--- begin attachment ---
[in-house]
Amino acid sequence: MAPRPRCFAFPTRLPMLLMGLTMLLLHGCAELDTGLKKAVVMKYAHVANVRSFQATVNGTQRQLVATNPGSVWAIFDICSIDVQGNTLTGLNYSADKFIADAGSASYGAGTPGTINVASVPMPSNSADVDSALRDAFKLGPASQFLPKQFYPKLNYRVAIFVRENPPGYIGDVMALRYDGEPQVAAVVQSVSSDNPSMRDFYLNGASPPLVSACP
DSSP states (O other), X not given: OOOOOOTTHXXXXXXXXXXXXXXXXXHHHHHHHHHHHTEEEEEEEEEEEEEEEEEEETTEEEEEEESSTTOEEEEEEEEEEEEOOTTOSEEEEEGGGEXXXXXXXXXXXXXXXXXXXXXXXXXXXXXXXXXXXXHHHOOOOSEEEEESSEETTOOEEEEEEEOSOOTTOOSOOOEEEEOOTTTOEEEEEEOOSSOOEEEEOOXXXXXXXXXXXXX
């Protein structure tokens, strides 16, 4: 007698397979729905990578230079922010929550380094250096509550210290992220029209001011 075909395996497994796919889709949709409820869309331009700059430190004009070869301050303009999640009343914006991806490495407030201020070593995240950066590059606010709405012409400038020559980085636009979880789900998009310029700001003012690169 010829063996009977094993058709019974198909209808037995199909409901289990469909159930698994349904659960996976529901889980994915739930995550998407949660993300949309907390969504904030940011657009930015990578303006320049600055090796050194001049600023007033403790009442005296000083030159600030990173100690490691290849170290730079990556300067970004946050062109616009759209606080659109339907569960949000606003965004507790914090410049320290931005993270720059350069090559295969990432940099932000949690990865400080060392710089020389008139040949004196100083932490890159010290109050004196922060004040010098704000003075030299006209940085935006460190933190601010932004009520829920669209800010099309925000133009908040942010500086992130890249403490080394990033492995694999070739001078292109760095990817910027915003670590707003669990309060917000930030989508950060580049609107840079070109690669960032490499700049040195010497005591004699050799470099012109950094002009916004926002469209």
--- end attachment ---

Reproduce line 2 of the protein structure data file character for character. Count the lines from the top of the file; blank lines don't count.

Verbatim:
Amino acid sequence: MAPRPRCFAFPTRLPMLLMGLTMLLLHGCAELDTGLKKAVVMKYAHVANVRSFQATVNGTQRQLVATNPGSVWAIFDICSIDVQGNTLTGLNYSADKFIADAGSASYGAGTPGTINVASVPMPSNSADVDSALRDAFKLGPASQFLPKQFYPKLNYRVAIFVRENPPGYIGDVMALRYDGEPQVAAVVQSVSSDNPSMRDFYLNGASPPLVSACP